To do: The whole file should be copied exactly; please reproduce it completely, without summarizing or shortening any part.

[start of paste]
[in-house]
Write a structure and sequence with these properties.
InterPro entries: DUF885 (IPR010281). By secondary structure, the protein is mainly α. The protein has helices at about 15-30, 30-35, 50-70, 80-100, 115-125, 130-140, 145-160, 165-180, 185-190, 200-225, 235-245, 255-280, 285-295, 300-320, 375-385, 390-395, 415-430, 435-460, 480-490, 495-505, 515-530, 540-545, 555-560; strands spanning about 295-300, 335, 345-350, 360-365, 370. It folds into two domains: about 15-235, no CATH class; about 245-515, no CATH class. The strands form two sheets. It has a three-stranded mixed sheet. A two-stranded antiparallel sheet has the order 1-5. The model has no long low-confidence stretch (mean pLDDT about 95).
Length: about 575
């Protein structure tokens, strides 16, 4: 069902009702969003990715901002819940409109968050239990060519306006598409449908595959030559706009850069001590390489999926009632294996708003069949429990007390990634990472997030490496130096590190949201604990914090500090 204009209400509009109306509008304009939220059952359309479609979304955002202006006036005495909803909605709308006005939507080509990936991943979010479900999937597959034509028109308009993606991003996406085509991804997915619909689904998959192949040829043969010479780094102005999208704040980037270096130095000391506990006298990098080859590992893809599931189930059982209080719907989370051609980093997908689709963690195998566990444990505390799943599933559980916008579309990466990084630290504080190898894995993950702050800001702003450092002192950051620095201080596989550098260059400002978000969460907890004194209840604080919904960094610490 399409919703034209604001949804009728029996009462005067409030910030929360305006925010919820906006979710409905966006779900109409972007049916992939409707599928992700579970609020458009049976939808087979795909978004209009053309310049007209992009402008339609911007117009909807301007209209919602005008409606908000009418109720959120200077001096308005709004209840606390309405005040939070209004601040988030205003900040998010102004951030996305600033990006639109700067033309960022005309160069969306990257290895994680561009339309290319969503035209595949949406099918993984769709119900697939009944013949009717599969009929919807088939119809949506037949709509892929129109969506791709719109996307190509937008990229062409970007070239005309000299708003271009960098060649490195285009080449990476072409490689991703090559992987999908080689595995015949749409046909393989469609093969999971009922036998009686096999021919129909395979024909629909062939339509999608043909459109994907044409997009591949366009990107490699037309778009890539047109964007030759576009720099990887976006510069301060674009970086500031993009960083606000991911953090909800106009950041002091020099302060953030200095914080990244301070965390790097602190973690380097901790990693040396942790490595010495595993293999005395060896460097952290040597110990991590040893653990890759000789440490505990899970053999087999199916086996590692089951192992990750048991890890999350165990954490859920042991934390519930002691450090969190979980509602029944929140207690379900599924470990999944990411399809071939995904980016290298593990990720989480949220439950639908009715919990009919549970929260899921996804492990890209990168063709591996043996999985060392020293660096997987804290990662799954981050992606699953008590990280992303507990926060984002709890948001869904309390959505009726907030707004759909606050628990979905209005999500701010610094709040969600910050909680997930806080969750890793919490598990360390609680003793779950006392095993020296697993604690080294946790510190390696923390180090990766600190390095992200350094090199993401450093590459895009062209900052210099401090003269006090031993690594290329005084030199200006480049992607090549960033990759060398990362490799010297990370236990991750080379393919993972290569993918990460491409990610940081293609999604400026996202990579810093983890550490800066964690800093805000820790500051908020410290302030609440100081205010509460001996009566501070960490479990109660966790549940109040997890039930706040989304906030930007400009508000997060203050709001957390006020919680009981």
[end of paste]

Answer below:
[in-house]
Write a structure and sequence with these properties.
InterPro entries: DUF885 (IPR010281). By secondary structure, the protein is mainly α. The protein has helices at about 15-30, 30-35, 50-70, 80-100, 115-125, 130-140, 145-160, 165-180, 185-190, 200-225, 235-245, 255-280, 285-295, 300-320, 375-385, 390-395, 415-430, 435-460, 480-490, 495-505, 515-530, 540-545, 555-560; strands spanning about 295-300, 335, 345-350, 360-365, 370. It folds into two domains: about 15-235, no CATH class; about 245-515, no CATH class. The strands form two sheets. It has a three-stranded mixed sheet. A two-stranded antiparallel sheet has the order 1-5. The model has no long low-confidence stretch (mean pLDDT about 95).
Length: about 575
């Protein structure tokens, strides 16, 4: 069902009702969003990715901002819940409109968050239990060519306006598409449908595959030559706009850069001590390489999926009632294996708003069949429990007390990634990472997030490496130096590190949201604990914090500090 204009209400509009109306509008304009939220059952359309479609979304955002202006006036005495909803909605709308006005939507080509990936991943979010479900999937597959034509028109308009993606991003996406085509991804997915619909689904998959192949040829043969010479780094102005999208704040980037270096130095000391506990006298990098080859590992893809599931189930059982209080719907989370051609980093997908689709963690195998566990444990505390799943599933559980916008579309990466990084630290504080190898894995993950702050800001702003450092002192950051620095201080596989550098260059400002978000969460907890004194209840604080919904960094610490 399409919703034209604001949804009728029996009462005067409030910030929360305006925010919820906006979710409905966006779900109409972007049916992939409707599928992700579970609020458009049976939808087979795909978004209009053309310049007209992009402008339609911007117009909807301007209209919602005008409606908000009418109720959120200077001096308005709004209840606390309405005040939070209004601040988030205003900040998010102004951030996305600033990006639109700067033309960022005309160069969306990257290895994680561009339309290319969503035209595949949406099918993984769709119900697939009944013949009717599969009929919807088939119809949506037949709509892929129109969506791709719109996307190509937008990229062409970007070239005309000299708003271009960098060649490195285009080449990476072409490689991703090559992987999908080689595995015949749409046909393989469609093969999971009922036998009686096999021919129909395979024909629909062939339509999608043909459109994907044409997009591949366009990107490699037309778009890539047109964007030759576009720099990887976006510069301060674009970086500031993009960083606000991911953090909800106009950041002091020099302060953030200095914080990244301070965390790097602190973690380097901790990693040396942790490595010495595993293999005395060896460097952290040597110990991590040893653990890759000789440490505990899970053999087999199916086996590692089951192992990750048991890890999350165990954490859920042991934390519930002691450090969190979980509602029944929140207690379900599924470990999944990411399809071939995904980016290298593990990720989480949220439950639908009715919990009919549970929260899921996804492990890209990168063709591996043996999985060392020293660096997987804290990662799954981050992606699953008590990280992303507990926060984002709890948001869904309390959505009726907030707004759909606050628990979905209005999500701010610094709040969600910050909680997930806080969750890793919490598990360390609680003793779950006392095993020296697993604690080294946790510190390696923390180090990766600190390095992200350094090199993401450093590459895009062209900052210099401090003269006090031993690594290329005084030199200006480049992607090549960033990759060398990362490799010297990370236990991750080379393919993972290569993918990460491409990610940081293609999604400026996202990579810093983890550490800066964690800093805000820790500051908020410290302030609440100081205010509460001996009566501070960490479990109660966790549940109040997890039930706040989304906030930007400009508000997060203050709001957390006020919680009981």